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  1. #1
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    Wheel upgrade advise

    I have Fulcrum Racing 7s which came stock on my Cervelo R3. I haven't had any issues with them but was wondering if I could get any performance gains from upgrading. Any input?

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    They are not the lightest so you could shave some weight. The 7's are a good wheels though.

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    The biggest performance gains would come from getting deep rims. Switching from your current wheels to 60 mm carbons would give you 0.5 .. 1 mph on flats.

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    Senior Member halfspeed's Avatar
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    Quote Originally Posted by WISCONS1N View Post
    I have Fulcrum Racing 7s which came stock on my Cervelo R3. I haven't had any issues with them but was wondering if I could get any performance gains from upgrading. Any input?
    Are you racing? TTs? Competitive group rides? Triathlons?
    Telemachus has, indeed, sneezed.

  5. #5
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    I don't race. I do ride occasionally with a fast group. I mostly ride solo, and the terrain is mostly rolling hills, some are fairly steep, but short. I want to ride more charity rides as well as fast group rides.

  6. #6
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    You could definitely shave weight and go more aero, which is about the best anyone can hope to do with their wheels! So yes, performance gains are there to be had.
    Chaad--'95 DeKerf Team SL, '02 Lemond Buenos Aires, '05 Novara Buzz, '73 Schwinn Collegiate, '06 Mountain Cycle Rumble, '09 Dahon Mariner D7, '12 Mercier Nano, '12 Breezer Venturi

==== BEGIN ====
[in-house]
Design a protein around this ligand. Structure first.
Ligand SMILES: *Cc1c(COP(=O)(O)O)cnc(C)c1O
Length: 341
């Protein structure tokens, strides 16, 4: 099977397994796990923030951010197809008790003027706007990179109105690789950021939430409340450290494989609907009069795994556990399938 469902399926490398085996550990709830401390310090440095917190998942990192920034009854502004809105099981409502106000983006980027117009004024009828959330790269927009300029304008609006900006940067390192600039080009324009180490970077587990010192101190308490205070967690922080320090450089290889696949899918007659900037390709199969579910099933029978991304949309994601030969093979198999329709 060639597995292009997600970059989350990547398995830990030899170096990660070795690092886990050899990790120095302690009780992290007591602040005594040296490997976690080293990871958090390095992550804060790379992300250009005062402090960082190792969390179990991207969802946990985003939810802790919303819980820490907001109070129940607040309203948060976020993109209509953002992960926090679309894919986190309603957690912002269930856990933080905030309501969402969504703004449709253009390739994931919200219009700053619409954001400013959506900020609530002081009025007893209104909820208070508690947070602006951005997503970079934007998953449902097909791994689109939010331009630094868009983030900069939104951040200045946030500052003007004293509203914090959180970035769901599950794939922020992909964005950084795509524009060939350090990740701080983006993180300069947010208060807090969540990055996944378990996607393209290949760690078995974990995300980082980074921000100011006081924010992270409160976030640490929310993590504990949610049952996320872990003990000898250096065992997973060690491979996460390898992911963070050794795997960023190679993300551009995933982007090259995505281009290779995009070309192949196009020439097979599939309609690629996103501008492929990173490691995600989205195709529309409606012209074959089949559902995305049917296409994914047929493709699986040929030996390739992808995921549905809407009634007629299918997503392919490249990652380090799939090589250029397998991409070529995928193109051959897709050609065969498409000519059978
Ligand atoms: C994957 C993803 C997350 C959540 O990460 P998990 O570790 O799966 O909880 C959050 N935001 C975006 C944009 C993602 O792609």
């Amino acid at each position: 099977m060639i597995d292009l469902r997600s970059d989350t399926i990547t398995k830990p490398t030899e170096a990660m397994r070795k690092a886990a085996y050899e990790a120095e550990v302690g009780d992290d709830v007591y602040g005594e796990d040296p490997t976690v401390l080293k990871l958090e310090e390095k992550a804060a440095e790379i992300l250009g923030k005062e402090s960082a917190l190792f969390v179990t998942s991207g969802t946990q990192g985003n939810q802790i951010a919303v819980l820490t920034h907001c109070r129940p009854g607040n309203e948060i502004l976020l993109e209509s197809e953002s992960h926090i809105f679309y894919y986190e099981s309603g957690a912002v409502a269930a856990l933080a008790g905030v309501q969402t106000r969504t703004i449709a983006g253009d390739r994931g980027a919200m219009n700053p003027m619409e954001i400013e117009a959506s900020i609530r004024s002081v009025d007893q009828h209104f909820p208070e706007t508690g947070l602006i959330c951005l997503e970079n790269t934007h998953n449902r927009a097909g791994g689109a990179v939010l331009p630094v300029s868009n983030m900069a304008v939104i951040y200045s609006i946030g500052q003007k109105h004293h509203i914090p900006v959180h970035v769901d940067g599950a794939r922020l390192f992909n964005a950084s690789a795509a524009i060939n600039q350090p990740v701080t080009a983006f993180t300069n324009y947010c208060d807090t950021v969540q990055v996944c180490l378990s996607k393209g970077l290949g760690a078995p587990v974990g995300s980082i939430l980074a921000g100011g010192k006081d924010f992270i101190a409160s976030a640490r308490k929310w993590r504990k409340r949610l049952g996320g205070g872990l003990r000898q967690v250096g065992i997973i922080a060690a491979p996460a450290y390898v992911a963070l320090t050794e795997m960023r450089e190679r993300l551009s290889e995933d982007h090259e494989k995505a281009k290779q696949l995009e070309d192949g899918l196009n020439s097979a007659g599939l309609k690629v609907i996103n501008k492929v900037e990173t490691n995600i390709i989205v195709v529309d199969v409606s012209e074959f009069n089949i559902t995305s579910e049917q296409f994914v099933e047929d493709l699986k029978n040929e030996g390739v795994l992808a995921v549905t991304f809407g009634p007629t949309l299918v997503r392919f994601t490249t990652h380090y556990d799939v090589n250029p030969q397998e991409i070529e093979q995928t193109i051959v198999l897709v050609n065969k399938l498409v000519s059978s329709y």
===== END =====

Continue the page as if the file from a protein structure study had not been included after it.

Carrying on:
7. #7
    I eat carbide. Psimet2001's Avatar
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    Best performance gains is to drop weight and gain fitness. Having new wheels is fun though.

  8. #8
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    Quote Originally Posted by WISCONS1N View Post
    I have Fulcrum Racing 7s which came stock on my Cervelo R3. I haven't had any issues with them but was wondering if I could get any performance gains from upgrading. Any input?
    Not really.
    Quote Originally Posted by thump55 View Post
    Now you missed a great thread and I got baby poop stains on my Assos. I hope we learned our lesson.

  9. #9
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    Your wheels weigh 1750 g. Let's say that you have enough $$$ stashed to buy a wheelset that weighs 1450 g. (Fulcrum Racing 1 clinchers weigh 1485 and they go around $1000, so it's an expensive proposition.) Let's also say that you and the rest of your bike weigh 160 lbs. That upgrade makes you 0.4% lighter. If you could climb a certain hill at 10 mph before, after the upgrade you can do 10.04 mph at the same power.

    Now look at this chart. This is an estimate of speed-ups you get by switching from Mavic Open Pro (very similar to your Fulcrum Racing 7's) to Flo 60 (a 60 mm deep wheel with optimized aerodynamics). The chart is made by Flo 60's manufacturer, so you can expect some data fudging, but the magnitude of the effect should be accurate. The chart is showing the effect of one wheel. If you upgrade two wheels, you get double the effect.


  10. #10
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    Looking at the chart - 20mph on mavic wheels, if you had two deep dish wheels you can go 21.1mph? That's over a 5% increase in speed. And going from 20 to 21.1mph takes more than 5% effort, so that saves you a bunch of energy over an hour ride. I didn't think it would be that significant.

  11. #11
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    The difference between a basic wheel and a good 60 mm aero wheel is about 200 g of drag at 30 mph and yaw angle 10% (I'm using 30 mph because that's the standard testing speed for aero components).

    50 grams of drag reduction = 6.5 watts of power savings at 30 mph, scaling as speed cubed. So, Two aero wheels are equal to extra 15 watt at 20 mph.

    The chart definitely does some fudging, 15 watt do not translate into 1.1 mph at 20 mph in the real world. For starters, they seem to be using very low numbers for overall aero drag - Cd*A of 3.4 ft^2 is in the ballpark for a time trialist on aero bars, but would be hard to achieve on a road bike. And there's at least one other source of discrepancy. But it's not unreasonable to expect an increase of 0.5 mph.

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